- A book entitled ‘Għemil il-Ħobż’ has been published focusing on the Maltese bread. The Maypole Group contributed heavily by providing knowledge to be included in the text and was also its main sponsor. The book gives an account of the derivation of the ingredients of the Maltese bread, the production process, its history and details of the bakeries of Qormi - both those operating and those which have since being converted into other businesses or buildings.
- Nenu’s contribution was very pivotal in the production of a 10 minute entertaining video showing the typical Maltese village life a generation or two ago. Various original props were utilised to recreate the ambiance of a village square.
In recognition of his efforts and hard work, Nenu was also conferred with the MQR - Medalja għall-Qadi tar-Repubblika – an honour conferred to those who are recognised as having been of service to the Republic of Malta.
Various other initiatives have been, successfully, undertaken by Nenu and his family to promote the craft of bread making, both locally and abroad. One such successful project was the restoration and conversion of an old disused bakery (Nenu The Artisan Baker) situated in the southern area of Valletta, on the way from St John’s Co-Cathedral to Fort St. Elmo. The restoration of the dilapidated bakery to its original state, had as its primary objective the creation of a place where the art of bread and typical Maltese food-making could be viewed, tasted and appreciated. Not only has that goal been achieved but the location has become a living museum, interspersed with artifacts involved in the manufacture and selling of bread, dating back to the days when bread-making involved a great deal of manual work and selling bread was done using horse-drawn carts. Guests have the possibility of tasting freshly baked produce in a serene ambience and it is also possible for them to attend cooking sessions.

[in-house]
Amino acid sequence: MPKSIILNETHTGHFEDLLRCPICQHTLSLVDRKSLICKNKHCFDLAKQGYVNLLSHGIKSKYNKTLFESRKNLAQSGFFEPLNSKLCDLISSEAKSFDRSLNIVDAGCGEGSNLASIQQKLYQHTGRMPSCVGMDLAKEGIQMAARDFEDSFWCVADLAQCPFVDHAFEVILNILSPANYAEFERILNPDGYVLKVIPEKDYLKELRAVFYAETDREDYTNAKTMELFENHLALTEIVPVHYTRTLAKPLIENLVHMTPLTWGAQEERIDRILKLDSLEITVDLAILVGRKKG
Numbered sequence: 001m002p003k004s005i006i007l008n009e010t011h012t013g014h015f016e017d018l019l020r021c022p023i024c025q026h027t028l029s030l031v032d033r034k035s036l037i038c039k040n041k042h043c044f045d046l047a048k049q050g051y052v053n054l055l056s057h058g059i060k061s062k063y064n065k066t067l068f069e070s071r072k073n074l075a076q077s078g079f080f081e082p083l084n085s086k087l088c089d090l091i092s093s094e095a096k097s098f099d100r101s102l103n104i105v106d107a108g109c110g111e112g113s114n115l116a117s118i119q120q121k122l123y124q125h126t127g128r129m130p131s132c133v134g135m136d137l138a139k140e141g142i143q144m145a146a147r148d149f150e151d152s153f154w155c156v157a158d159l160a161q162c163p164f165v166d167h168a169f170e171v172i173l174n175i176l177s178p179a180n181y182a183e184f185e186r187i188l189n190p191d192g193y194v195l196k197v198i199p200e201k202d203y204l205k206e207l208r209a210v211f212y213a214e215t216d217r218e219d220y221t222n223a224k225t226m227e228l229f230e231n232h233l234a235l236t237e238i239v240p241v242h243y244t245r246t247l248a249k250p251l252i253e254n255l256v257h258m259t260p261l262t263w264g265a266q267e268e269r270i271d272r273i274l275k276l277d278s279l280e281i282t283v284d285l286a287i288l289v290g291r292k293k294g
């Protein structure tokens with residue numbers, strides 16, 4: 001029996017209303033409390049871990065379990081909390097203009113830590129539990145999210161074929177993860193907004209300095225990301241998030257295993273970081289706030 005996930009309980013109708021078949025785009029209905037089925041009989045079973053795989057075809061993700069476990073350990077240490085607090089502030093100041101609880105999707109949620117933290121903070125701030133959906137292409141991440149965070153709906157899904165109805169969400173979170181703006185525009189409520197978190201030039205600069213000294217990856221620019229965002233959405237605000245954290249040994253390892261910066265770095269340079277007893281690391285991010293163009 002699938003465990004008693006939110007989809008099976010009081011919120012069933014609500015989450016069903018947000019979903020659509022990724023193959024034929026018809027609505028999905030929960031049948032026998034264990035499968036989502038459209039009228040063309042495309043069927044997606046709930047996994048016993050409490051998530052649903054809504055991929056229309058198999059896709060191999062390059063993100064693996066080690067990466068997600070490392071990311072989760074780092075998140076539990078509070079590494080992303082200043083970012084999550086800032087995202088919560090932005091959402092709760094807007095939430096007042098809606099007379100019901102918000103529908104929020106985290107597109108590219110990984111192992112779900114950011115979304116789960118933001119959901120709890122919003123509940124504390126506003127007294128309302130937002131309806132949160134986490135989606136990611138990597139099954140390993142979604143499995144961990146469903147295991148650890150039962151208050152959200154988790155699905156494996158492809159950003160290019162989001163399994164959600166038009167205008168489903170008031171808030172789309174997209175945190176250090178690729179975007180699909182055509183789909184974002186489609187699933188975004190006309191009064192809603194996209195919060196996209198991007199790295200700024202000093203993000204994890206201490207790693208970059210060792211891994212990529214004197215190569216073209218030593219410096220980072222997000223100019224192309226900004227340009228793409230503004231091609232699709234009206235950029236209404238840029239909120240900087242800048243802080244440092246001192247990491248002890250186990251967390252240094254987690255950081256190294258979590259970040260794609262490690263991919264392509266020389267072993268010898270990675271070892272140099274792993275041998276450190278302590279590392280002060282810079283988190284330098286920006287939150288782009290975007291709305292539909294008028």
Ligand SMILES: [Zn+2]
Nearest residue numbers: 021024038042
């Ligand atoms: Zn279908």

Today Nenu and his family work hard not only to run a business but also to maintain the validity and importance of a genuine Maltese product that has for decades given character to local cuisine. Although his baking work has reduced gradually over the last years, he still goes to the bakery every day. Nenu sees his children’s involvement as a blessing not only for the success of the family business but also for the survival of the baker’s craft and trade for the benefit of a healthy and genuine Maltese product.
One of Nenu’s misgivings is the fact that Malta lacks a school for bakers. He fears that the skill to bake the Maltese bread can, eventually, be lost. Many other bakers’ children do not want to follow in their father’s footsteps. This makes it very difficult for the small artisan bakers to survive because, as Nenu explains, to train and teach someone the skill is a lengthy and costly process. According to Nenu, the best schooling, in the circumstance, is when the children of bakers learn from their elders, keep the trade and tradition going and, likewise, pass on the acquired knowledge to future generations. Because of this, he considers himself to be a lucky man, not only because he had the chance to learn from his father and pass the knowledge on to his children, but, also, because he still finds the need to explore new methods of bettering the final product.
Carmelo, better known as 'Nenu'